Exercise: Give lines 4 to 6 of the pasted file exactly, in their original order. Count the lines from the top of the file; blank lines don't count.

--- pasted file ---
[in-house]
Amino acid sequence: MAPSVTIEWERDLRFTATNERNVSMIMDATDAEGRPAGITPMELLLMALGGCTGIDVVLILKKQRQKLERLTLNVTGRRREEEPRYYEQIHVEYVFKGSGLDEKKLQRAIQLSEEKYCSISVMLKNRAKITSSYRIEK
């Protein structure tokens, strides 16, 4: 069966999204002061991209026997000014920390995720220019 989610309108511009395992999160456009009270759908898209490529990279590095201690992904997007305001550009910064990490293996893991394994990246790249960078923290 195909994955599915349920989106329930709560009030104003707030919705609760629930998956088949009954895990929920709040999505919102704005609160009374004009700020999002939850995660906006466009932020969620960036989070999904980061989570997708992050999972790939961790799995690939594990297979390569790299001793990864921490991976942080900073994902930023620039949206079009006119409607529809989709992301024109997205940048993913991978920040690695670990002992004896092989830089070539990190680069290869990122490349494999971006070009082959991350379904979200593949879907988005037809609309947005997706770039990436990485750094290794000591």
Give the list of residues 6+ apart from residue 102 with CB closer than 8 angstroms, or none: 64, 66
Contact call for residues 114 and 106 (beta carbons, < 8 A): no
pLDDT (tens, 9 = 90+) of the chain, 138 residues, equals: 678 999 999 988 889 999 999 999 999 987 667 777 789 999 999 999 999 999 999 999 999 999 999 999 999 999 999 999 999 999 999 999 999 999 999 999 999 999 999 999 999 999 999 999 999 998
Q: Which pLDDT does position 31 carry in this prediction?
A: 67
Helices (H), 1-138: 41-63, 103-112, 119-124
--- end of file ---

Give the list of residues 6+ apart from residue 102 with CB closer than 8 angstroms, or none: 64, 66
Contact call for residues 114 and 106 (beta carbons, < 8 A): no
pLDDT (tens, 9 = 90+) of the chain, 138 residues, equals: 678 999 999 988 889 999 999 999 999 987 667 777 789 999 999 999 999 999 999 999 999 999 999 999 999 999 999 999 999 999 999 999 999 999 999 999 999 999 999 999 999 999 999 999 999 998